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Small-town murder mystery slowly unfolds

Balew

July 24, 1997
Web posted at: 5:16 a.m. EDT (0916 GMT)

From Correspondent Brian Cabell

OAK GROVE, Kentucky (CNN) -- Oak Grove, Kentucky, is a town seemingly without pretense; a military community serving the needs of its mostly transient population.

But it's also a town of secrets and surprises.

Oak Grove Councilwoman Patty Balew revealed one last week when she announced she was a former prostitute at a local brothel. Her admission is just one more piece to a puzzling local murder mystery.

The brothel was run by Tammy Papler who claims police tolerated her business because she paid them off regularly.

"I did what they told me to do," said the former madam. "If they needed new police lights, I bought new police lights. If they needed birthday money, I gave them birthday money. If they needed money for a trailer to be moved ... basically anything they told me they needed, I gave them the money for it."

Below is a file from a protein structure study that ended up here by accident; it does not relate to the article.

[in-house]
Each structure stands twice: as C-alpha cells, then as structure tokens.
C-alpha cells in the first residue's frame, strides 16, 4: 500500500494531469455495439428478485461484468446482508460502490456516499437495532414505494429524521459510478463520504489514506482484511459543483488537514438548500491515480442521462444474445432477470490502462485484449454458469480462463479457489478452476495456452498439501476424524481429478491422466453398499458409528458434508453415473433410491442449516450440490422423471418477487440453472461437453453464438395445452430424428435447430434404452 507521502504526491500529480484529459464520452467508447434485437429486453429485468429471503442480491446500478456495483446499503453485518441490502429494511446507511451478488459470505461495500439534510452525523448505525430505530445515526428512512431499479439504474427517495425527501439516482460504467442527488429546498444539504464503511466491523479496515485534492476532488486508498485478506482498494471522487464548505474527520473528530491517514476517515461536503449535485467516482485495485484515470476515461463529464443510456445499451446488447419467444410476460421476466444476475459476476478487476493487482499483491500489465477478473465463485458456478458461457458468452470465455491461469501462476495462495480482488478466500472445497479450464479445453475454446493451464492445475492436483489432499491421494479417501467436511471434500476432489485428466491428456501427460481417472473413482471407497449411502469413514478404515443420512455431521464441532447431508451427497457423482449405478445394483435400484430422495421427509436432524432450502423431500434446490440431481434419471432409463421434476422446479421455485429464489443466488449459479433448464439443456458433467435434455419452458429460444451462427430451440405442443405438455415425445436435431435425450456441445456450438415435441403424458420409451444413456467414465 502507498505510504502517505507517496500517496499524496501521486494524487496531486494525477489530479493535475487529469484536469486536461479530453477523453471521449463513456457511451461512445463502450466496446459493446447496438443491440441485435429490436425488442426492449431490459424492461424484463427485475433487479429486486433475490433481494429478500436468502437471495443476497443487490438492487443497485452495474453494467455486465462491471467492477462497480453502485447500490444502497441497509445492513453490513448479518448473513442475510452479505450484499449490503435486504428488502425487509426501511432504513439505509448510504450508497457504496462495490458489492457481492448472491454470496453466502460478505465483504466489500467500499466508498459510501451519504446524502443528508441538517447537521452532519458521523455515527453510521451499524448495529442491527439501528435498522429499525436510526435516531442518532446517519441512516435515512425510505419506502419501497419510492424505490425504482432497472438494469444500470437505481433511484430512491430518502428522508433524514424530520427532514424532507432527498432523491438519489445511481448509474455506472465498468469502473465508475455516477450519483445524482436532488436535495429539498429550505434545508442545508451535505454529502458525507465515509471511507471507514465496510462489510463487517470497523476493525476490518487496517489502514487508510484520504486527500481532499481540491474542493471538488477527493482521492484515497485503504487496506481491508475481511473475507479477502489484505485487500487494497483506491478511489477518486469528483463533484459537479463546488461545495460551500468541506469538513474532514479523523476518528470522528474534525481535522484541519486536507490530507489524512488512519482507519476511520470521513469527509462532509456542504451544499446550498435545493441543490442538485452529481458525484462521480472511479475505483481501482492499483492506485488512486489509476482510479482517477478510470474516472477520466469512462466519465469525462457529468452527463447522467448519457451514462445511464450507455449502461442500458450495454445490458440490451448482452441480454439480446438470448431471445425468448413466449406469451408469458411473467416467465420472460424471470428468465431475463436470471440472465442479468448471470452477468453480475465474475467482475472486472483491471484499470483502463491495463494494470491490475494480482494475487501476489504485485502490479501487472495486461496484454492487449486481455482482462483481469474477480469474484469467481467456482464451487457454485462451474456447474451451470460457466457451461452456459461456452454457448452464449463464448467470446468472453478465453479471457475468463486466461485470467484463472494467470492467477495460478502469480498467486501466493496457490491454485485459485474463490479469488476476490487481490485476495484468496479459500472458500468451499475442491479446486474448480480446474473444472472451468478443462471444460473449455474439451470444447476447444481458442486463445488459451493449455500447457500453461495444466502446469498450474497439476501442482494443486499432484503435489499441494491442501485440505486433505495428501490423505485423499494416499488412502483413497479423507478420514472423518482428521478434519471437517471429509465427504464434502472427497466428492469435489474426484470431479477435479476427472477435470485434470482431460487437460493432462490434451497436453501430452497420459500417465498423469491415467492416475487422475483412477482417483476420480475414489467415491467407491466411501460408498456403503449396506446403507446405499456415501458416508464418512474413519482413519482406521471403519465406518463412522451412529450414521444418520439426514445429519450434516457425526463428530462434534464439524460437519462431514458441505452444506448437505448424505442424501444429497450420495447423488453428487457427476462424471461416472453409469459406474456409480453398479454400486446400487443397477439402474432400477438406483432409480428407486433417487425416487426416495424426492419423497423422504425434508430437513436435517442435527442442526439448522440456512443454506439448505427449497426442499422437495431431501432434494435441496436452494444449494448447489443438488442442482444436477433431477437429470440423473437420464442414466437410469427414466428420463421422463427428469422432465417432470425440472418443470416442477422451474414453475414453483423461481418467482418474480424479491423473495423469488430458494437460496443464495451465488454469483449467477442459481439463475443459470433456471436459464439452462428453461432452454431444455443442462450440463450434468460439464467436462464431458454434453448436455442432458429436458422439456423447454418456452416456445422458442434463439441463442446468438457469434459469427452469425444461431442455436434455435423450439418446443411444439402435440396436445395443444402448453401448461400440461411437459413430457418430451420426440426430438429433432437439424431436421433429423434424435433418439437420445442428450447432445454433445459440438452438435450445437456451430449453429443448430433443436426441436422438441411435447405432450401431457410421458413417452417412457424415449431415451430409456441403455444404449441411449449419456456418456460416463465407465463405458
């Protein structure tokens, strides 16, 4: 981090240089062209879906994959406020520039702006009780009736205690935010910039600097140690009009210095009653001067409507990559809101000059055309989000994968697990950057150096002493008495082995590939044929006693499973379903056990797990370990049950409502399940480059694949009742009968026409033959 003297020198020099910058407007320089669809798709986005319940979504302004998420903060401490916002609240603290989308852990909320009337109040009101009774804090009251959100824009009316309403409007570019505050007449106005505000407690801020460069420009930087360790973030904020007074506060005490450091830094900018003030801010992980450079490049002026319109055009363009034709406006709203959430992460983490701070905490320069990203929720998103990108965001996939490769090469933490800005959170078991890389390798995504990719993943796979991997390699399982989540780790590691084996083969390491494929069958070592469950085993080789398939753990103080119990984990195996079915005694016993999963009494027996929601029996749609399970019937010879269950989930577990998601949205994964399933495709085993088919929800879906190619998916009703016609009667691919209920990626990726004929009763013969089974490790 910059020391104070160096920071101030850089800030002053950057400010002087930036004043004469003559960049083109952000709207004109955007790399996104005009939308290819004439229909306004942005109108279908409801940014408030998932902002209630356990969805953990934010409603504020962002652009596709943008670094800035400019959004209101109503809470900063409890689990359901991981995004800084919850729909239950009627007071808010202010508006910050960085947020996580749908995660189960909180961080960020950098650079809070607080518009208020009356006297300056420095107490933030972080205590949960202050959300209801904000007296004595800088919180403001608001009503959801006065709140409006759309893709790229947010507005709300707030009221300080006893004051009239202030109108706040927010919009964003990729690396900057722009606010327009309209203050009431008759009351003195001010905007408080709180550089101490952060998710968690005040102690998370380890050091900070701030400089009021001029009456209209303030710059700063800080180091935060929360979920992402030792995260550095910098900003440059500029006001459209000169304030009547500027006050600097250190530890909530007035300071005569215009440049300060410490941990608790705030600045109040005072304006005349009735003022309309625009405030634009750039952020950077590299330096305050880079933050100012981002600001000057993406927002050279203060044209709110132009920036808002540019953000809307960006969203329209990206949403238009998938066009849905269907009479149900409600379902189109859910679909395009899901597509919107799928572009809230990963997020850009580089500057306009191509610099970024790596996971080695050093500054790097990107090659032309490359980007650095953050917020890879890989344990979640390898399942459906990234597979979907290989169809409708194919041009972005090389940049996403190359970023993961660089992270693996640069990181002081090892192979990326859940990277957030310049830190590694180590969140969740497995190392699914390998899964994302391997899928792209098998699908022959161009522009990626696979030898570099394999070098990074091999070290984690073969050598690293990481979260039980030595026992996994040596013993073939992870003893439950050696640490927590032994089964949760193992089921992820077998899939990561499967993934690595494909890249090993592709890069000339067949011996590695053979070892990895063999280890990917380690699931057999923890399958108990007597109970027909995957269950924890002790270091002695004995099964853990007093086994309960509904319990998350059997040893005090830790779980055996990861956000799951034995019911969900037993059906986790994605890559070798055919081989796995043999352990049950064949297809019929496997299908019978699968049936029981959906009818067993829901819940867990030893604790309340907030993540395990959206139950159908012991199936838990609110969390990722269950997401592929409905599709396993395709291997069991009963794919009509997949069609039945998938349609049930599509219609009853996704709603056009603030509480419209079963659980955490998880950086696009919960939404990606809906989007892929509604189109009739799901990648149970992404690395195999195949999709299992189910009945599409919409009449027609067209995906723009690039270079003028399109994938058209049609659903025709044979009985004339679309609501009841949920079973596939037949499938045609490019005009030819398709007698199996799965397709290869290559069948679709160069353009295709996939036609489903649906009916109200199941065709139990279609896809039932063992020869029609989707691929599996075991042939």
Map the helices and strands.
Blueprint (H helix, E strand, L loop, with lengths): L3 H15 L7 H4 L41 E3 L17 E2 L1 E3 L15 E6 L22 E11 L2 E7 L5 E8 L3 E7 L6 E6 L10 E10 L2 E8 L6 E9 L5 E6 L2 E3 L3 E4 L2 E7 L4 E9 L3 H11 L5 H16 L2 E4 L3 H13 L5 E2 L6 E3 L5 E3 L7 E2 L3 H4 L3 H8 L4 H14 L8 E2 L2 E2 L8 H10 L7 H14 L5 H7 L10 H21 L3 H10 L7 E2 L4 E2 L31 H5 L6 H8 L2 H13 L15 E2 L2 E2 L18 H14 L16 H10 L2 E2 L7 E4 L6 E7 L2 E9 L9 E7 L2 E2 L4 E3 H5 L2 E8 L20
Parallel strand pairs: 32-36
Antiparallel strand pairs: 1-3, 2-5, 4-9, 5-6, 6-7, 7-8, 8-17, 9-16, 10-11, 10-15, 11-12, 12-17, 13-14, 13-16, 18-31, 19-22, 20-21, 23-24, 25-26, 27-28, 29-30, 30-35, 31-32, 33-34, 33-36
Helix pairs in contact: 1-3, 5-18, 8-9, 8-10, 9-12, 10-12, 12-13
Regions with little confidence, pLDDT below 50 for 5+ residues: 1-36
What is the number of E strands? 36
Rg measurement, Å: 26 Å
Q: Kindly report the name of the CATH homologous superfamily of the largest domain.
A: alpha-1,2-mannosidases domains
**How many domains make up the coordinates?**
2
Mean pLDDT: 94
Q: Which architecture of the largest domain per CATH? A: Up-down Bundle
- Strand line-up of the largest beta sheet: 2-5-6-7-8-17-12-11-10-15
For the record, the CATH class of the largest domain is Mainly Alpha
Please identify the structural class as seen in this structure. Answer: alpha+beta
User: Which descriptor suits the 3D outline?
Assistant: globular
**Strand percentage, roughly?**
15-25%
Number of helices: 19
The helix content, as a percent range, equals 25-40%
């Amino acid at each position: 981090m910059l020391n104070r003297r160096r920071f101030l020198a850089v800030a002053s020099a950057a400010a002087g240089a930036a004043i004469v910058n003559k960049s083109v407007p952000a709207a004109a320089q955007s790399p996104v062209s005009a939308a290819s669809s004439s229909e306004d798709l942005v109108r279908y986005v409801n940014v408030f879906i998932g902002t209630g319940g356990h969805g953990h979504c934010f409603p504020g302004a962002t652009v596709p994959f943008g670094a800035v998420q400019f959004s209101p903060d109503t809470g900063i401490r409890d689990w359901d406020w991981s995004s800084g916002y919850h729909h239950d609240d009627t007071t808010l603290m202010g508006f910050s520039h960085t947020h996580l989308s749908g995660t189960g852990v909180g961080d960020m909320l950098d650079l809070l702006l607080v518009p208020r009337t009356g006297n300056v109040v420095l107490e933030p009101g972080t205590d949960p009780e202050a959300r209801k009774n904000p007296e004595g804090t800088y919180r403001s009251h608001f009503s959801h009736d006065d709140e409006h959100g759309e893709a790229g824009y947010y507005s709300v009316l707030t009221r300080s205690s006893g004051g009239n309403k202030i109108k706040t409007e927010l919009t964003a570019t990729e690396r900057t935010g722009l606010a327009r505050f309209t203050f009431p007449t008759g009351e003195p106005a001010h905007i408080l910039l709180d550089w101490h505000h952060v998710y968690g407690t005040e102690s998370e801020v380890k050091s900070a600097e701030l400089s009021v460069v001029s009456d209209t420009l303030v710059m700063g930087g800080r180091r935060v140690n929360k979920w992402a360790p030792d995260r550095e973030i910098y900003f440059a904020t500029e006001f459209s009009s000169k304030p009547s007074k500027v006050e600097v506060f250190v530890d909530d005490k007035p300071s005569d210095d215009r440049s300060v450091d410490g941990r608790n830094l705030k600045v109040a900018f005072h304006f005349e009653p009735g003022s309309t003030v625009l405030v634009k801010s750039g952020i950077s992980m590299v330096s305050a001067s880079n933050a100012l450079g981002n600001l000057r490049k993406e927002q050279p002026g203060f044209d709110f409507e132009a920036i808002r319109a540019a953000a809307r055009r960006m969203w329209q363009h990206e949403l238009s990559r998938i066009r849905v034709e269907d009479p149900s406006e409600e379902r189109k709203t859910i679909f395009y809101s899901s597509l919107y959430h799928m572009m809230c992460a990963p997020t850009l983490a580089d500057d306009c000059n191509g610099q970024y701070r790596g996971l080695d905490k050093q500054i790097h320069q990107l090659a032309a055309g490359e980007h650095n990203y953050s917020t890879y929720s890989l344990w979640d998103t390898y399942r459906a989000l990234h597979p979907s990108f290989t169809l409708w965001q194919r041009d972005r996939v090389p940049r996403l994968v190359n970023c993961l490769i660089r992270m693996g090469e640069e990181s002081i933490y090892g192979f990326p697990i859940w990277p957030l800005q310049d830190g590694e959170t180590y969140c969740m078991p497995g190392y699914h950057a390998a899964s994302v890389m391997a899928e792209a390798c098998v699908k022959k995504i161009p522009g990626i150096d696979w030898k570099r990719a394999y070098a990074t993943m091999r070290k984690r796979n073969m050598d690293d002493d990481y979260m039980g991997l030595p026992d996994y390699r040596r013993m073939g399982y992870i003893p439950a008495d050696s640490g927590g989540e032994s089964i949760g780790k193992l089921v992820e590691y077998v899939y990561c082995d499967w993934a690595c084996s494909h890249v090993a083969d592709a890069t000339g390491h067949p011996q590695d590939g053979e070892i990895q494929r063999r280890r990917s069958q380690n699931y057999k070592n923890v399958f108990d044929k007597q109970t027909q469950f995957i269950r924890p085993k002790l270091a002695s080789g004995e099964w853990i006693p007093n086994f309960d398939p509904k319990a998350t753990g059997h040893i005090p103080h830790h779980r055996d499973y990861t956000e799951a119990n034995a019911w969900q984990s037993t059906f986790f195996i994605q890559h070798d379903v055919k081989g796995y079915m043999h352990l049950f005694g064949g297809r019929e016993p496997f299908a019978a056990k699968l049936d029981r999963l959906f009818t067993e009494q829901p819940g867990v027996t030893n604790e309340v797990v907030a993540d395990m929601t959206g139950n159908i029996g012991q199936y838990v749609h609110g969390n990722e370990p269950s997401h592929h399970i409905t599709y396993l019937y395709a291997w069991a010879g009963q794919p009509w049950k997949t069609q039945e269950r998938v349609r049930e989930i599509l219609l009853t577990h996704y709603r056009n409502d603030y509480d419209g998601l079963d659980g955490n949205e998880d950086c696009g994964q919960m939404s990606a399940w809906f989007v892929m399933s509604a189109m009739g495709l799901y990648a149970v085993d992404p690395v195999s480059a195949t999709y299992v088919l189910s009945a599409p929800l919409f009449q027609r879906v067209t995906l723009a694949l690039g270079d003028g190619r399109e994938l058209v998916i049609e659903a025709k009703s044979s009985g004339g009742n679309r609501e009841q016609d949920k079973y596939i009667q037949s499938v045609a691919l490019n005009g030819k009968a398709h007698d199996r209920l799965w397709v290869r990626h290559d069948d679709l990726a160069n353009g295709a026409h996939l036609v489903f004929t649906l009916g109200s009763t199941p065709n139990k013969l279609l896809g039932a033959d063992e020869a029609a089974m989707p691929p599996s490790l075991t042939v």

Further, according to Councilwoman Balew, they gave the cops sexual favors at a discount, or at no cost.

"If they were police officers, that's what we had to do whether we wanted to or not, which we didn't like," said Balew.

Policeman suspected

When the brothel refused to make anymore payoffs back in 1994, two of the brothel's prostitutes ended up shot in the head, their throats slashed.

police

"It was devastating to us," Papler recalled. "They both had babies. One was breastfeeding her baby. It was just a few weeks old."

Crime scene evidence was botched by the police, according to the sheriff's department, and no arrests have ever been made.

But Sheriff Thomas Scillian concedes Ed Carter, an Oak Grove policeman at the time, remains a prime suspect in the slayings. Carter was at the scene 30 minutes before the double murder.

"There's other information that we have that leads us to believe that Carter would be a good suspect," said Sheriff Scillian.

But despite the Sheriff's belief that Carter may be involved, the brutal murders remain unsolved. Frustration over the slowly unfolding murder saga is running high in the small Kentucky town.

"Ther